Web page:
LEUVEN, 20th February 2020 – Anna was delighted to be invited to present her work at KU Leuven’s mintlab (Meaningful Interactions Lab), during their basement talk series. She talked about sensory instructions as a point of focus in research and as a methodology. Before the presentation she discussed the inspiring work happening at the mintlab with Bieke Zaman, Chloé Dierckx, David Geerts and Marije Nouwen and afterwards looked at probes, boardgames, materials cupboards and other sources of inspiration. You can find the abstract of the talk below.
For our next Basement Talk, we are happy to welcome Anna Harris from Maastricht University who will talk about how instructions offer different ways of re-orientating sensory knowledge. This talk will take place on Thursday 20 February at 1pm.
WHERE: Designroom Mintlab (Parkstraat 45, 3000 Leuven)
WHEN: Thursday, February 20 from 1PM to 2PM
It’s a free and public event, but please confirm your attendance via email to marije.nouwen[at]kuleuven.be on Wednesday 19 February the latest.
Speaker: Anna Harris
Title: Sensory instructions: examples and experiments
Abstract: In this basement talk Anna Harris will focus on the use and reconfiguration of instructions, as both an object of enquiry and a methodological approach in teaching and research. In particular, she looks at instructions which offer different ways of re-orientating sensory knowledge. She will look at this topic from four different and intersecting points:
- A look at the sensory lessons entailed in cooking recipes
- Through an ethnographic examination of how protocols used to teach doctors sensory skills are made, used and remade
- By playing with how instructions can inform collaboration in a team sensory ethnography project about training medical skills of diagnosis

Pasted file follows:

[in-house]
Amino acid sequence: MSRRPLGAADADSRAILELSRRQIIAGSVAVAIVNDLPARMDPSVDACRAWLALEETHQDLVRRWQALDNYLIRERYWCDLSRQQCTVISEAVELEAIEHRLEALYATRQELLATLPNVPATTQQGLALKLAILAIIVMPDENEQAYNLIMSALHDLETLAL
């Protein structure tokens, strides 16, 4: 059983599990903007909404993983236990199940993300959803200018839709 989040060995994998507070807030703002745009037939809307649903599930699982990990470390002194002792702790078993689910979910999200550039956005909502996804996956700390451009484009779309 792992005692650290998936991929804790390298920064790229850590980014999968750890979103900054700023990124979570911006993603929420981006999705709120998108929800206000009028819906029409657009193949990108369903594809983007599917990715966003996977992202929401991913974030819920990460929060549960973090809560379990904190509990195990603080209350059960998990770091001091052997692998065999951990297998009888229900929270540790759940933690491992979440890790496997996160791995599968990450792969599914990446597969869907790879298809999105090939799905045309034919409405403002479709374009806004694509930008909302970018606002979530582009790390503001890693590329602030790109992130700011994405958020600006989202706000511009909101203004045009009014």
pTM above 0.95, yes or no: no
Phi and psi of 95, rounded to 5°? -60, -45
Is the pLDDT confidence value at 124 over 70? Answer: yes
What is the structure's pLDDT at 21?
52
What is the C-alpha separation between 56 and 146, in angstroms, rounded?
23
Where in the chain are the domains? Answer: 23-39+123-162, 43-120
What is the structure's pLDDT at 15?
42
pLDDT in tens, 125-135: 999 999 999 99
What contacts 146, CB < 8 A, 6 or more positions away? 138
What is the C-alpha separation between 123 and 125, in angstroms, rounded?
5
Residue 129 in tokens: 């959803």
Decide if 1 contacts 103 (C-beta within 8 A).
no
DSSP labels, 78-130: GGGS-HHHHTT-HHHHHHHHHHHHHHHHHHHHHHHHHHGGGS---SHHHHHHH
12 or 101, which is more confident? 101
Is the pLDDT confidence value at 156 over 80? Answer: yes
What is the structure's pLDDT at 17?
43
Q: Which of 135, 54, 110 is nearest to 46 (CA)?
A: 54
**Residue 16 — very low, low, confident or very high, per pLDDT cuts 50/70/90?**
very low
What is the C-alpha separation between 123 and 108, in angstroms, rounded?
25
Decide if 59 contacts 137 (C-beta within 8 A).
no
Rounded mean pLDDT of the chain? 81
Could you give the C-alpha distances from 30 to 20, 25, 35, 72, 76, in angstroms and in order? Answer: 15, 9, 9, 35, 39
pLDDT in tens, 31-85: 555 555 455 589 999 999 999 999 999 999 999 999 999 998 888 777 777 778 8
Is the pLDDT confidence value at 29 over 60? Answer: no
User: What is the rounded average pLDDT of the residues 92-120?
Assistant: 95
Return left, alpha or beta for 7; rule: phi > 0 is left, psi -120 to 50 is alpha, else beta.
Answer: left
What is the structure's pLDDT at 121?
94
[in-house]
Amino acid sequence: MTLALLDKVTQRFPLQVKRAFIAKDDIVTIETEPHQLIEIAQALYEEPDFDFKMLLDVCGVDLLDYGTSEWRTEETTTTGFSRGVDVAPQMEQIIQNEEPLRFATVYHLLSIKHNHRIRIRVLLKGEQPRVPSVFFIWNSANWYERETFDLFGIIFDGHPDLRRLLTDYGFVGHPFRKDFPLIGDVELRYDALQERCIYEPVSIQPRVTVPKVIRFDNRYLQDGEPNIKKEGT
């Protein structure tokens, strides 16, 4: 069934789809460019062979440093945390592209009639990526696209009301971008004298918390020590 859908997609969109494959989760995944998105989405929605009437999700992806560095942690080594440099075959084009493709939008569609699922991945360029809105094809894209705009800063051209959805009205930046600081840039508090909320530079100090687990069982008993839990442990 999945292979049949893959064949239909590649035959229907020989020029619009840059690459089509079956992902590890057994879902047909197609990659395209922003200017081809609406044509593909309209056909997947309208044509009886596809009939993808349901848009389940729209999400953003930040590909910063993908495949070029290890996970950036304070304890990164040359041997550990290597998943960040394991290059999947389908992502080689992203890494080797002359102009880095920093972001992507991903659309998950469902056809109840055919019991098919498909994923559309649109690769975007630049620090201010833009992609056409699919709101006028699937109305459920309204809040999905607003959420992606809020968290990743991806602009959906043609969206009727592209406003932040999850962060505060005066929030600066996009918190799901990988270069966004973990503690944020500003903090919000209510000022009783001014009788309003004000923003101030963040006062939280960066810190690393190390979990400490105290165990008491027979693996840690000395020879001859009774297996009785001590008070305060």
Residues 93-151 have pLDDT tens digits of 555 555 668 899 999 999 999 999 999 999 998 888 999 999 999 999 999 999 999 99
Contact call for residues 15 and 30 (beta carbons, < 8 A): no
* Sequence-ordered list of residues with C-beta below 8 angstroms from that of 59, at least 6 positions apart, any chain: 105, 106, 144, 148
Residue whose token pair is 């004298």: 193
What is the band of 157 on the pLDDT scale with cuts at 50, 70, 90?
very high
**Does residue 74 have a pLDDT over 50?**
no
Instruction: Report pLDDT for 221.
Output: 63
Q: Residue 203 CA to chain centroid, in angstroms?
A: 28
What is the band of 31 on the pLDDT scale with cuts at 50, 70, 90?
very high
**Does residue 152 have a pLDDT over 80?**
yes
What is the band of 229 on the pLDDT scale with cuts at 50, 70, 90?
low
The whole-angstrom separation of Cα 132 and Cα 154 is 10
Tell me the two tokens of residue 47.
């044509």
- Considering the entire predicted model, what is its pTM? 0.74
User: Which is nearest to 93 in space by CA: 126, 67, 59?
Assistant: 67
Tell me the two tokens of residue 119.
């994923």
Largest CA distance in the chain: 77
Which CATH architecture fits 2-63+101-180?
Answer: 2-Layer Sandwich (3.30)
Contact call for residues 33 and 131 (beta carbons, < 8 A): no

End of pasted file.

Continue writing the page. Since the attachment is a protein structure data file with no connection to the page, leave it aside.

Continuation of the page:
- Considering instructions as probes for creative research and teaching more broadly
When exploring these points she will look at how multisensorality is used in instructions to expand imaginative spaces and reorientate the senses. In doing so she tries to develop upon our knowledge of the “arts of noticing” (Tsing 2015), and consider how, as researchers, we can also bring such observations more creatively into our own methodological and academic practices. The talk will draw upon research and experiments she has been doing with her research team, Making Clinical Sense, a European Research Council funded project, as well as her forthcoming book, A Sensory Education (Bloomsbury 2020).
Bio: Anna Harris first worked as a doctor in Australia and the UK before learning anthropology and turning her ethnographic gaze back to the medical profession. Missing the hands-on element of clinical practice in academia, her work endeavors to find creative and practically engaging methods for studying questions of embodiment, learning, materiality and infrastructures of medical practice. She currently works with a great team of anthropologists and historians at Maastricht University on the European Research Council funded project Making Clinical Sense. In her spare time she experiments with cooking, embroidery and knitting.